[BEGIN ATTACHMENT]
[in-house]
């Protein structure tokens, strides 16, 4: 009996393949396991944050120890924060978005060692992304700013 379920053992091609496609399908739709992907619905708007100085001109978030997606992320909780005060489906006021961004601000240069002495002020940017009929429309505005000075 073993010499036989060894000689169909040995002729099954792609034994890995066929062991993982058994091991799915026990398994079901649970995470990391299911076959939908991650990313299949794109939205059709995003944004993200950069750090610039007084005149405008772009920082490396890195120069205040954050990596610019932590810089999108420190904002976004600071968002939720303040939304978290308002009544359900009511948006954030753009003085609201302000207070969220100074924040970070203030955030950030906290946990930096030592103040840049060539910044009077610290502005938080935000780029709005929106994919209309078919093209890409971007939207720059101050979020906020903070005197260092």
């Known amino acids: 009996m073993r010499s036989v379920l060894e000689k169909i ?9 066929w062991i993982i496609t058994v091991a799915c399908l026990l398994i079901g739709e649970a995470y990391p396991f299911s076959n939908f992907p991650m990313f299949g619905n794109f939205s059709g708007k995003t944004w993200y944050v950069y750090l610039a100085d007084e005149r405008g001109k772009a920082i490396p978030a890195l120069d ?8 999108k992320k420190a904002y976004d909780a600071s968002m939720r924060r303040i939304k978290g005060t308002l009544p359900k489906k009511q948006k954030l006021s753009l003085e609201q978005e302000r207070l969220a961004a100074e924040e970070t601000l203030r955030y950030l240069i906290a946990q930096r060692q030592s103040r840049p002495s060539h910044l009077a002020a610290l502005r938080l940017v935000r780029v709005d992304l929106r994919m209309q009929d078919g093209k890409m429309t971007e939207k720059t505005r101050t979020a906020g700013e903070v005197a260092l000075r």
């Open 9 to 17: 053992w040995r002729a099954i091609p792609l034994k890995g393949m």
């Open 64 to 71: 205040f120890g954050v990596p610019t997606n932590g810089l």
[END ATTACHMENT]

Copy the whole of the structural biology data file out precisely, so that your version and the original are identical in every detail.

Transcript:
[in-house]
């Protein structure tokens, strides 16, 4: 009996393949396991944050120890924060978005060692992304700013 379920053992091609496609399908739709992907619905708007100085001109978030997606992320909780005060489906006021961004601000240069002495002020940017009929429309505005000075 073993010499036989060894000689169909040995002729099954792609034994890995066929062991993982058994091991799915026990398994079901649970995470990391299911076959939908991650990313299949794109939205059709995003944004993200950069750090610039007084005149405008772009920082490396890195120069205040954050990596610019932590810089999108420190904002976004600071968002939720303040939304978290308002009544359900009511948006954030753009003085609201302000207070969220100074924040970070203030955030950030906290946990930096030592103040840049060539910044009077610290502005938080935000780029709005929106994919209309078919093209890409971007939207720059101050979020906020903070005197260092």
């Known amino acids: 009996m073993r010499s036989v379920l060894e000689k169909i ?9 066929w062991i993982i496609t058994v091991a799915c399908l026990l398994i079901g739709e649970a995470y990391p396991f299911s076959n939908f992907p991650m990313f299949g619905n794109f939205s059709g708007k995003t944004w993200y944050v950069y750090l610039a100085d007084e005149r405008g001109k772009a920082i490396p978030a890195l120069d ?8 999108k992320k420190a904002y976004d909780a600071s968002m939720r924060r303040i939304k978290g005060t308002l009544p359900k489906k009511q948006k954030l006021s753009l003085e609201q978005e302000r207070l969220a961004a100074e924040e970070t601000l203030r955030y950030l240069i906290a946990q930096r060692q030592s103040r840049p002495s060539h910044l009077a002020a610290l502005r938080l940017v935000r780029v709005d992304l929106r994919m209309q009929d078919g093209k890409m429309t971007e939207k720059t505005r101050t979020a906020g700013e903070v005197a260092l000075r």
């Open 9 to 17: 053992w040995r002729a099954i091609p792609l034994k890995g393949m």
């Open 64 to 71: 205040f120890g954050v990596p610019t997606n932590g810089l």